Vanderbilt University Professor Ganesh Sitaraman will discuss his award-winning book The Counterinsurgent’s Constitution: Law in the Age of Small Wars (Oxford University Press 2012) at the 2013 IIT Chicago-Kent College of Law/Roy C. Palmer Civil Liberties Prize Lecture at noon on Thursday, November 21, 2013 in the law school’s Judge Abraham Lincoln Marovitz Courtroom. The program is free and open to the public.
In The Counterinsurgent’s Constitution: Law in the Age of Small Wars, Sitaraman explores the intersection of law and counterinsurgency strategy. He says counterinsurgency became America’s dominant approach for achieving its national security goals abroad after the 2006 “surge” in Iraq. However, controversy and debate surround counterinsurgency as a strategy—both for its military effectiveness overseas and the unexplored legal path it takes us down here at home. The book outlines how law operates during counterinsurgency and explains that following the laws of war is both morally and strategically beneficial. The book posits that law and counterinsurgency are not only united, they actively reinforce one another.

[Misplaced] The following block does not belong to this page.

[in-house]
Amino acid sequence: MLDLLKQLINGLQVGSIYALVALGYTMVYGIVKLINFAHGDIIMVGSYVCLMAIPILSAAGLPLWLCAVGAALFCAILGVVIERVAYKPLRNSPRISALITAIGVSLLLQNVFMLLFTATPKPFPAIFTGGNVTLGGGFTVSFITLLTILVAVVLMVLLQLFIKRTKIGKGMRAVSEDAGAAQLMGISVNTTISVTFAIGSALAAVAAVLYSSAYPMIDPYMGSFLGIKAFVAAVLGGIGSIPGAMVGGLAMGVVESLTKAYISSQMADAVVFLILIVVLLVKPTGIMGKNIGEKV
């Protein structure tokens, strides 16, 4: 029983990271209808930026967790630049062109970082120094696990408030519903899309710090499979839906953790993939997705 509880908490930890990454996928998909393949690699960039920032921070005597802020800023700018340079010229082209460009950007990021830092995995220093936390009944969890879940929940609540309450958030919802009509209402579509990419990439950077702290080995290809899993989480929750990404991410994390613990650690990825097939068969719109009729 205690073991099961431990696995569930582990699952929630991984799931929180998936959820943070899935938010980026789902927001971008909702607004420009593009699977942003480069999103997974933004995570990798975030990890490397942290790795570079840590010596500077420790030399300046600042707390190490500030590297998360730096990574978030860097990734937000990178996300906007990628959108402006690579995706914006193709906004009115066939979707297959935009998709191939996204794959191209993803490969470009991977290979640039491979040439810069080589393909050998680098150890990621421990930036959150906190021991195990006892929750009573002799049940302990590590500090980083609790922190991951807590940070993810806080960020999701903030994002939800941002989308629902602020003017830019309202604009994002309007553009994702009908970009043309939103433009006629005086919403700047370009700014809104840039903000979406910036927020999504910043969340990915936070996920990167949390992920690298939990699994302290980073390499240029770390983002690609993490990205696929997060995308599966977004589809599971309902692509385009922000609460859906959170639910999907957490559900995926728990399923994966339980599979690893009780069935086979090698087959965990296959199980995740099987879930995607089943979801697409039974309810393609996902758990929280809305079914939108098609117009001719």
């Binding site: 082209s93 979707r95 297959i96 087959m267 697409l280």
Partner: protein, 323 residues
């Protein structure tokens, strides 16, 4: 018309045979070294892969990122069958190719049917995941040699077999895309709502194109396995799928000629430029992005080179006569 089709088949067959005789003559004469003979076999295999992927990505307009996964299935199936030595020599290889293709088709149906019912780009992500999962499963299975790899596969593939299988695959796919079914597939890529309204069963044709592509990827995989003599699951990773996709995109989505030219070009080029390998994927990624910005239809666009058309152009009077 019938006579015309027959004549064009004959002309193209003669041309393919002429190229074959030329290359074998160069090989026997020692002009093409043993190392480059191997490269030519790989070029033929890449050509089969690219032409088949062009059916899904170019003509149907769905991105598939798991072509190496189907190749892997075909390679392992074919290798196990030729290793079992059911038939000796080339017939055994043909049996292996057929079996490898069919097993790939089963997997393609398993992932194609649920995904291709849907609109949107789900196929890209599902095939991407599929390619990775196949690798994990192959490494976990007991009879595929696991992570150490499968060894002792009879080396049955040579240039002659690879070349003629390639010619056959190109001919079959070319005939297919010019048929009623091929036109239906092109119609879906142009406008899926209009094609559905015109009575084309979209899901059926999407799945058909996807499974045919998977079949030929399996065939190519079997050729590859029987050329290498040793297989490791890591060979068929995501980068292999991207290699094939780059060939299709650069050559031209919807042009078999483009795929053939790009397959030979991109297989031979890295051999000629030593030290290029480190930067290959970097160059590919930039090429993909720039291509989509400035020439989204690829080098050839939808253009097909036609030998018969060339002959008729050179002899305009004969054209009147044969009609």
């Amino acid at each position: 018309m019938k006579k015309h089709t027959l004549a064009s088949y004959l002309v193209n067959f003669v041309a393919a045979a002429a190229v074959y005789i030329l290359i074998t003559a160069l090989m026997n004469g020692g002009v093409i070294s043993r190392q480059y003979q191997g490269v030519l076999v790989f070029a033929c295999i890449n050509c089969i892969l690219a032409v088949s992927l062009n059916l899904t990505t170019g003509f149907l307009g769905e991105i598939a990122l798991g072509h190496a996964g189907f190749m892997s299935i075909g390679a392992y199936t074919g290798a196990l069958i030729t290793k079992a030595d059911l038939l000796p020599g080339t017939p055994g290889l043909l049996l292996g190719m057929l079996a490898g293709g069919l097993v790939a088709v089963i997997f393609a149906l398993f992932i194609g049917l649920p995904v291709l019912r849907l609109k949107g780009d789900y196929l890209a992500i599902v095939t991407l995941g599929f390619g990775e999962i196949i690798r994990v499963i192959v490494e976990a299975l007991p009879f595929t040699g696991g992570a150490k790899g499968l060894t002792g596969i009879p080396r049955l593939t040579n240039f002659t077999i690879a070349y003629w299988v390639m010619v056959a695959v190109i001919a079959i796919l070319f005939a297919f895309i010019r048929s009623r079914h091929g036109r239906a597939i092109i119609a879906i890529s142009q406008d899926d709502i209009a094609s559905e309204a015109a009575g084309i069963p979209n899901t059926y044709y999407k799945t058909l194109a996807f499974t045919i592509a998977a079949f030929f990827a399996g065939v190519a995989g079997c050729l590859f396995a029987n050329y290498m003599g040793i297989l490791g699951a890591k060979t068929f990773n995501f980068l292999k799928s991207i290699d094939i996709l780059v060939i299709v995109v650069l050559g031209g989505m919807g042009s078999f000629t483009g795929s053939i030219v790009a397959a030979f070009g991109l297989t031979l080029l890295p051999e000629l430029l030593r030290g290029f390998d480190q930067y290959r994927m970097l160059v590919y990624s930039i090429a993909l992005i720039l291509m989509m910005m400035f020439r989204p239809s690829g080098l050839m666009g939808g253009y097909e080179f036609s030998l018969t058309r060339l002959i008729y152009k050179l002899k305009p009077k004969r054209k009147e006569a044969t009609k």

A member of the Vanderbilt Law School faculty since 2011, Sitaraman focuses on issues in public law ranging from foreign relations and international law to domestic regulation and institutional design.
A magna cum laude graduate from Harvard University with a degree in government, he earned a master’s degree in political thought and intellectual history from Emmanuel College, Cambridge, where he was the Lionel de Jersey Harvard scholar. Sitaraman graduated magna cum laude from Harvard Law School, where he was an editor on the Harvard Law Review.
The IIT Chicago-Kent College of Law/Roy C. Palmer Civil Liberties Prize was established in 2007 by alumnus Roy C. Palmer ’62 and his wife, Susan M. Palmer, to encourage and reward public debate among scholars on current issues affecting the rights of individuals and the responsibilities of governments throughout the world. Winning books are exemplary works of scholarship that explore the tension between civil liberties and national security in contemporary American society.